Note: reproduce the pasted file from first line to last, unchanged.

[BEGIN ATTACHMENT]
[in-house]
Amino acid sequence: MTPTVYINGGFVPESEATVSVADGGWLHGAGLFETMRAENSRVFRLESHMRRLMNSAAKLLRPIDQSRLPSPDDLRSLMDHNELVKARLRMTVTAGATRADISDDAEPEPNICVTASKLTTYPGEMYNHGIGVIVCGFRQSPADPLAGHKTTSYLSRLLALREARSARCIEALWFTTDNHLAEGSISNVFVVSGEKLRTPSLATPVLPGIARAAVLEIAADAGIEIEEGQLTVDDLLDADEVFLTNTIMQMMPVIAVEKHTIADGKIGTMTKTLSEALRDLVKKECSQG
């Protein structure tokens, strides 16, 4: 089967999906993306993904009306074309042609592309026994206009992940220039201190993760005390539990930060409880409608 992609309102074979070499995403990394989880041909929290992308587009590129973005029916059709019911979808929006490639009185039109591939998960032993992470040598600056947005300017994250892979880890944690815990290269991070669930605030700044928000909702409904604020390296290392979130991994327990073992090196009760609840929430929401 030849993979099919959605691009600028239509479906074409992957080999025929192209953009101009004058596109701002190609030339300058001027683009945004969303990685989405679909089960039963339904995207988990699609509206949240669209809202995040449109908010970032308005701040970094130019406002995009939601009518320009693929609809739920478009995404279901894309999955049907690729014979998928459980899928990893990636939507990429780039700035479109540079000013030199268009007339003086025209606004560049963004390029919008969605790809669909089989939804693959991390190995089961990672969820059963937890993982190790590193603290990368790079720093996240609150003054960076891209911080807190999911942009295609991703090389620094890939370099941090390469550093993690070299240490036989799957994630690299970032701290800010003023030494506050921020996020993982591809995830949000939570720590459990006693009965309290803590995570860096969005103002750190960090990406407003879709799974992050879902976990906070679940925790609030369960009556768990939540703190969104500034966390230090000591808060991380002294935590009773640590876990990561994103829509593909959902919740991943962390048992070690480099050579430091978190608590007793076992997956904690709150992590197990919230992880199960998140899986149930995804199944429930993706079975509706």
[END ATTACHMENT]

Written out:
[in-house]
Amino acid sequence: MTPTVYINGGFVPESEATVSVADGGWLHGAGLFETMRAENSRVFRLESHMRRLMNSAAKLLRPIDQSRLPSPDDLRSLMDHNELVKARLRMTVTAGATRADISDDAEPEPNICVTASKLTTYPGEMYNHGIGVIVCGFRQSPADPLAGHKTTSYLSRLLALREARSARCIEALWFTTDNHLAEGSISNVFVVSGEKLRTPSLATPVLPGIARAAVLEIAADAGIEIEEGQLTVDDLLDADEVFLTNTIMQMMPVIAVEKHTIADGKIGTMTKTLSEALRDLVKKECSQG
């Protein structure tokens, strides 16, 4: 089967999906993306993904009306074309042609592309026994206009992940220039201190993760005390539990930060409880409608 992609309102074979070499995403990394989880041909929290992308587009590129973005029916059709019911979808929006490639009185039109591939998960032993992470040598600056947005300017994250892979880890944690815990290269991070669930605030700044928000909702409904604020390296290392979130991994327990073992090196009760609840929430929401 030849993979099919959605691009600028239509479906074409992957080999025929192209953009101009004058596109701002190609030339300058001027683009945004969303990685989405679909089960039963339904995207988990699609509206949240669209809202995040449109908010970032308005701040970094130019406002995009939601009518320009693929609809739920478009995404279901894309999955049907690729014979998928459980899928990893990636939507990429780039700035479109540079000013030199268009007339003086025209606004560049963004390029919008969605790809669909089989939804693959991390190995089961990672969820059963937890993982190790590193603290990368790079720093996240609150003054960076891209911080807190999911942009295609991703090389620094890939370099941090390469550093993690070299240490036989799957994630690299970032701290800010003023030494506050921020996020993982591809995830949000939570720590459990006693009965309290803590995570860096969005103002750190960090990406407003879709799974992050879902976990906070679940925790609030369960009556768990939540703190969104500034966390230090000591808060991380002294935590009773640590876990990561994103829509593909959902919740991943962390048992070690480099050579430091978190608590007793076992997956904690709150992590197990919230992880199960998140899986149930995804199944429930993706079975509706």